Arohi, a two-day Hindustani classical music festival, was a real treat for music lovers
Arohi, a unique two-day festival of Hindustani classical music featuring the rising stars of Indian classical music was organised by Pancham Nishad in Bangalore recently.
The festival commenced with a Hindustani vocal recital by Sumedha Desai, a disciple of Manik Bhide. Sumedha began with the popular evening melody raga Purya Dhanashri which is often heard in evening concerts. The bada khayal in vilambit teental, “Kaise din katina viraha lagyo, araj suno sakhi mohe” was embellished with a meditative and melodious alaap that unfolded through cyclic avartans. Sumedha's taans and sargams clearly demonstrated her commendable poise and aplomb. Although Sumedha made a laudatory attempt to invest her delineation of the khayal bandish in Purya- Dhanashri with the depth of feeling, it was a tepid rendition. However, her pleasing rendition of the chota khayal in drut teen tal “Kahe Karat Jhuto Jagar Preetam moso” was noteworthy for some crisp taans and sargams. The impressive range of Sumedha's melodious voice was clearly discernible in her imaginative exposition of the Dadra composition “Piya bina mora, Kaise jiya tarsat ho” in raga Mishra Kirwani. Pt Vyasmurthy Katti who accompanied her on the harmonium captivated the audience with haunting and evocative flashes in his inimitable style. Mayuresh Vast accompanied her on the tabla.
Purbayan Chatterjee was accompanied by the tabla maestro Pt. Suresh Talwalkar's son and disciple Satyajit Talwalkar. One of the finest sitarists of the Senia–Maihar gharana, Purbayan Chatterjee rendered Surdasi Malhar of the Malhar family of ragas which are played during the monsoon season. He meticulously explored the dulcet sweetness of this raga, note by note, kindling memories of the immortal bandishes in this raga such as “Garjat Ayi” and “Badarwa barsan ko aye” popularised by the great masters. He handled the challenges posed by this difficult raga in an ingenious manner. His improvisations in the customary alap-jod-jhala were marked by alluring sensitivity and aesthetic appeal.
In the vibrant drut teental gat composition in the same raga, Purbayan Chatterjee was ably supported by Satyajit Talwalkar who was applauded by the audience for his exuberant tabla accompaniment.
Bansuri recital by young prodigy S. Akash enthralled his listeners with a majestic exposition of the monsoon melody “Megh”. The confidence with which Akash approached the raaga was truly astonishing. Akash's delineation of this raga was characterised by remarkable maturity, imaginative brilliance and agility. This was followed by some impressive taankari in high velocity in his rendition of the drut ektal composition in Megh. Akash's grand tihais and the fluidity of his meends signifying the imperceptibly smooth gliding movements from one note to another note elicited great applause from the audience.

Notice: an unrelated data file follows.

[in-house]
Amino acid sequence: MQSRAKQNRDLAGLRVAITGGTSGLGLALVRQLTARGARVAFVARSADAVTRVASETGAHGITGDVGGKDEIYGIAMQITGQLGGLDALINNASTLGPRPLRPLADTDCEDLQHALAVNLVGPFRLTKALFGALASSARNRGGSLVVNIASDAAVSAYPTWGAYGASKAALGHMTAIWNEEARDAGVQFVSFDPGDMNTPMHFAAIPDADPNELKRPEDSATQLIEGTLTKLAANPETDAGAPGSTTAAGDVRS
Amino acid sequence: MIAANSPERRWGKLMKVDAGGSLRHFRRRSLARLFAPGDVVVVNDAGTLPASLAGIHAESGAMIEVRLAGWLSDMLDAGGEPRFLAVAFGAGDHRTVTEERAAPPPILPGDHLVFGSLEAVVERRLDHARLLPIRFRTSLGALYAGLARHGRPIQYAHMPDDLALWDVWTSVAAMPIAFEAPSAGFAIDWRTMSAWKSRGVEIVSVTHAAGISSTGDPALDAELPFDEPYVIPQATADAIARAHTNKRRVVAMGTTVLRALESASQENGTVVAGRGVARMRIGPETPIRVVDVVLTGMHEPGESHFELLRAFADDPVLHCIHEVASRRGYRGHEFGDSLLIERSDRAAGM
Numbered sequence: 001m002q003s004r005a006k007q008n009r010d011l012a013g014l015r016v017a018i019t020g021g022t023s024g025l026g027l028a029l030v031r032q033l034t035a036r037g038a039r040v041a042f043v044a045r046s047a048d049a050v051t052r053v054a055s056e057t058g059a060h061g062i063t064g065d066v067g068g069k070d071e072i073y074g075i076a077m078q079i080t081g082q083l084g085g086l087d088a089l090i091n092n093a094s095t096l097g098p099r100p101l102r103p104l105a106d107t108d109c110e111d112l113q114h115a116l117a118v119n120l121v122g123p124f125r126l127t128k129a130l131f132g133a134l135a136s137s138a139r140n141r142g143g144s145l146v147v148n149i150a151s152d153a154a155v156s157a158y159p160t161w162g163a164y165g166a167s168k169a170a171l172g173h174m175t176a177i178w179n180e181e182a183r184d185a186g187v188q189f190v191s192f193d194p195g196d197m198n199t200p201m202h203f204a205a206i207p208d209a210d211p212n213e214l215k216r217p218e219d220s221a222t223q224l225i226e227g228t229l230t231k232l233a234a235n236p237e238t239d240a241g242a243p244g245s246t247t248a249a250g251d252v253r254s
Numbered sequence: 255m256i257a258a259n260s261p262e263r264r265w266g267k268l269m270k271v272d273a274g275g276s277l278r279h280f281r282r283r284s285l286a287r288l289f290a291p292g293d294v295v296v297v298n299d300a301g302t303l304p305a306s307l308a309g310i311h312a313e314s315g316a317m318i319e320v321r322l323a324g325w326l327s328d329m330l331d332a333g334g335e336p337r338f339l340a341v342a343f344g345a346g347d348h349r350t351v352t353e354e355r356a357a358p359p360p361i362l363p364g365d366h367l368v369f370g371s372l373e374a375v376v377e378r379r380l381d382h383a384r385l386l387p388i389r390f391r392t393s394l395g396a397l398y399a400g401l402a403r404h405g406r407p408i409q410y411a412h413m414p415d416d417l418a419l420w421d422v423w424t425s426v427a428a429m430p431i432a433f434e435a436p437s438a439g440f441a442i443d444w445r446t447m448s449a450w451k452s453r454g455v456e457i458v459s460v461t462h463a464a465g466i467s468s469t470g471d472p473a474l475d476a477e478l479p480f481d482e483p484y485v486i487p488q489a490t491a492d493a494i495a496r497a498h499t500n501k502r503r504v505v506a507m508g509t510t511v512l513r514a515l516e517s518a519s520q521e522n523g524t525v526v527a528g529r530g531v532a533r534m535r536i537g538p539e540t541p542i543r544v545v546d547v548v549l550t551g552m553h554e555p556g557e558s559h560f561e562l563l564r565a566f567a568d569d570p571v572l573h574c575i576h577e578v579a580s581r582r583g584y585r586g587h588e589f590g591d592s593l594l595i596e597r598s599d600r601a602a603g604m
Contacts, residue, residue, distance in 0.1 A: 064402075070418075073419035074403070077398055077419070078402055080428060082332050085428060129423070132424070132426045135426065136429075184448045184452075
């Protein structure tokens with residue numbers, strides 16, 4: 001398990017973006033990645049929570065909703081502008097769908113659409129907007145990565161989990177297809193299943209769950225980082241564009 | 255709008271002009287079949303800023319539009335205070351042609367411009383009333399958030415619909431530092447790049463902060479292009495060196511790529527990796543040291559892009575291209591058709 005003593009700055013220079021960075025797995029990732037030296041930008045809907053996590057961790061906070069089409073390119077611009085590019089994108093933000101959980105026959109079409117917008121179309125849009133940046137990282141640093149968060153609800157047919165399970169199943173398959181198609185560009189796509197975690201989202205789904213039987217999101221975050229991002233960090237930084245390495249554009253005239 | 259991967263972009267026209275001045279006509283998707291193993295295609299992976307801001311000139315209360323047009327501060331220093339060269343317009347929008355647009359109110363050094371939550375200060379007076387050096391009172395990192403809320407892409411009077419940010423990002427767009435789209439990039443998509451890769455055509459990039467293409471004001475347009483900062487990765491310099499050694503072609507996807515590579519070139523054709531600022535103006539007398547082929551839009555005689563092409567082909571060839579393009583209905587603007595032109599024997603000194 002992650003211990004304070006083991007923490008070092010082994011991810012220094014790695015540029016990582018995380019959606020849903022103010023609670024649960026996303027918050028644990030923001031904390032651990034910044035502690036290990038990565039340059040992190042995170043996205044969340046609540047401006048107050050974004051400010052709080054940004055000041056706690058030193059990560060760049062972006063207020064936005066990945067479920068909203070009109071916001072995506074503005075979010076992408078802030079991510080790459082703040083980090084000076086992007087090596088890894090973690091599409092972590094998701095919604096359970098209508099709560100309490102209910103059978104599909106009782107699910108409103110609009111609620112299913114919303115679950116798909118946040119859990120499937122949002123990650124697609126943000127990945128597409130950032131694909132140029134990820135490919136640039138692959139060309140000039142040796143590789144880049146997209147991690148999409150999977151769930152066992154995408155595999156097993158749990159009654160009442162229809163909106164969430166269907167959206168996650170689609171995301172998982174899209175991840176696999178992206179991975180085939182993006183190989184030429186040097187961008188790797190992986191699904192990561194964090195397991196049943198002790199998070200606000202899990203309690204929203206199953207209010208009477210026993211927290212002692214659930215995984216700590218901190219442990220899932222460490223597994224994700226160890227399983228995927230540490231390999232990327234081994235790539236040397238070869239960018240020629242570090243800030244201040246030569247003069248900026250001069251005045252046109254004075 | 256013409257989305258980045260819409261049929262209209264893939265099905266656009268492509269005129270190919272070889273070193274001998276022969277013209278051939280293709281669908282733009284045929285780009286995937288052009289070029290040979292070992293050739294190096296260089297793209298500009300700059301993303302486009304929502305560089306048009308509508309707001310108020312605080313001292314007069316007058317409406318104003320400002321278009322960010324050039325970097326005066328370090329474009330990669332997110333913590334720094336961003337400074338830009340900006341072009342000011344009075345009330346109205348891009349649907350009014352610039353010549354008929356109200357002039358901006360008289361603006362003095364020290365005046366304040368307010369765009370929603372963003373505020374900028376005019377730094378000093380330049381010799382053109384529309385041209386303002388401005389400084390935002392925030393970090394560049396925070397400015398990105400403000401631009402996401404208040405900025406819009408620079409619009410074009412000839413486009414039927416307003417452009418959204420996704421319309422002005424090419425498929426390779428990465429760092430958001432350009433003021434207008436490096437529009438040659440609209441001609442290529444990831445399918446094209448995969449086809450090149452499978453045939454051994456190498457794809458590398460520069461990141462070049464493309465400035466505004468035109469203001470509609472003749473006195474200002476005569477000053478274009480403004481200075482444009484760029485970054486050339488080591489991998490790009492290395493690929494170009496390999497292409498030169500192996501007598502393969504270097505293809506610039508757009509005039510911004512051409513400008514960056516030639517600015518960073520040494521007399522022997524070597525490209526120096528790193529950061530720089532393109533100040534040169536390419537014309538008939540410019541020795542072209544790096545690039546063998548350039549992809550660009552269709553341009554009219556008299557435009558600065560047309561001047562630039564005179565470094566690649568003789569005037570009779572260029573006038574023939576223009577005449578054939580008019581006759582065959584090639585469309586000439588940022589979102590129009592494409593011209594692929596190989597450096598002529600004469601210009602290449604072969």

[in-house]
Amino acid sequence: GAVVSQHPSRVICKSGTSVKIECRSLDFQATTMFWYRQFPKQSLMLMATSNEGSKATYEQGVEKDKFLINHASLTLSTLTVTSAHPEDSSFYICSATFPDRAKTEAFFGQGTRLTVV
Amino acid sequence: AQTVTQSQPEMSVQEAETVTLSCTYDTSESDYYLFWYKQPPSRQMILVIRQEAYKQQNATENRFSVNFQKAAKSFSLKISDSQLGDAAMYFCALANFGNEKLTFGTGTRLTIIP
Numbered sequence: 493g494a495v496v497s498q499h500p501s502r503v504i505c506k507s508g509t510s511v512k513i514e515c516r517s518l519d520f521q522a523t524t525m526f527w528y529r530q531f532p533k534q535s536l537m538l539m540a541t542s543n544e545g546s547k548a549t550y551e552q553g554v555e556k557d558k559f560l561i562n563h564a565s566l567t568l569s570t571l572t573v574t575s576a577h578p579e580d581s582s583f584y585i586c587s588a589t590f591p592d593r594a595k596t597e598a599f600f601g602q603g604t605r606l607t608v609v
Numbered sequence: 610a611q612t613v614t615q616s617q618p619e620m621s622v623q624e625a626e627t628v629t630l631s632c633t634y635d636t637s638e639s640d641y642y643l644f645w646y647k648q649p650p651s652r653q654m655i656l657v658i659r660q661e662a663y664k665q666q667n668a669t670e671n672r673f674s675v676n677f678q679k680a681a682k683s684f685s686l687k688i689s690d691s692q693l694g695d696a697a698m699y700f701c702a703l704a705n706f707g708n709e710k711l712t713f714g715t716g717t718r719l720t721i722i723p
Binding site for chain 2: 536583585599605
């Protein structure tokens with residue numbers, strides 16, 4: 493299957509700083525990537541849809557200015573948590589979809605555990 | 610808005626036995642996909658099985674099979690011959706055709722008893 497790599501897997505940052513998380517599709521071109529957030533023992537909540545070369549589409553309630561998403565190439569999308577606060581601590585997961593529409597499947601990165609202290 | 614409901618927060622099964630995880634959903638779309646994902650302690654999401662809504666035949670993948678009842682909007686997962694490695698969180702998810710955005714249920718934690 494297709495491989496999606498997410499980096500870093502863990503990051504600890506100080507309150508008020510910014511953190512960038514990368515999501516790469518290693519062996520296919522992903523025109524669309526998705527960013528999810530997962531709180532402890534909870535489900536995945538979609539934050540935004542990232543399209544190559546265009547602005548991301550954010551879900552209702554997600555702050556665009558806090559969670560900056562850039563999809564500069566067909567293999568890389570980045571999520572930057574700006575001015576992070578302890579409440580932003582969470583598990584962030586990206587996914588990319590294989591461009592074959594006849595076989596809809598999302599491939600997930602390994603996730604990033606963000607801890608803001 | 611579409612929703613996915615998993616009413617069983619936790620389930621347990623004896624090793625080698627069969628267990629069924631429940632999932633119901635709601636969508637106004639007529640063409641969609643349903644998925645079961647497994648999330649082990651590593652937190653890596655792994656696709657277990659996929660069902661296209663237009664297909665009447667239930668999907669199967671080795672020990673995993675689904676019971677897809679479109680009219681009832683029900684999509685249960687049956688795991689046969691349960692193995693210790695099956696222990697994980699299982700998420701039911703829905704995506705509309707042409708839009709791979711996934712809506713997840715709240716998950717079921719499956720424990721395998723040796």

Listening to Akash's soulful rendition of the Marathi abhang in Bhimpalasi set to a vibrant Keherwa and his euphonious presentation of Purandara Dasa composition “Krishna Ni Begane Baro” in Yaman Kalyani was a sublime experience. The tabla accompaniment by Vivek Mishra was commendable for its mellowness.
Adept in both Agra and Gwalior gayaki styles, Manjusha has carved a niche for herself as a khayal singer par excellence. Connoisseurs were spellbound by the exquisite melody and erudition that marked her vocal recital. She began her recital with Barwa, a rarely heard ancient raga. Manjusha surprised the cognoscenti with her choice and her serious exploration of this uncommon raga was indeed awe-inspiring. As her sonorous, mellifluous voice traversed the three octaves with ease, Manjusha was able to highlight the filial association of Barwa with ragas Kafi and Sindhura in her alap.
In her enchanting delineation of the vilambit ektal khayal bandish “Birama rahe man mora”, Manjusha successfully communicated the richly evocative shringar bhava of the bandish, also delicately indicating the fleeting dalliance of raga Barwa with Desi in its purvanga. Her rendition of the famous drut teental bandish in the same raga composed by the legendary Faiyyaz Khan of agra gharana, “Baje mori payaliya” was the piece de resistance of the evening. Manjusha's bedazzling “taans” and her impeccable layakari, ably highlighted by Uday Raj Karpur on the tabla, bore ample testimony to her mastery and erudition. Ravindra Katoti's harmonium accompaniment sensitively emphasised the improvisational versatility of the vocalist. Manjusha concluded her recital with an immensely moving, popular Marathi Natyageet Abhang “Johar Mai Baap” in Bibhas of Marwa That.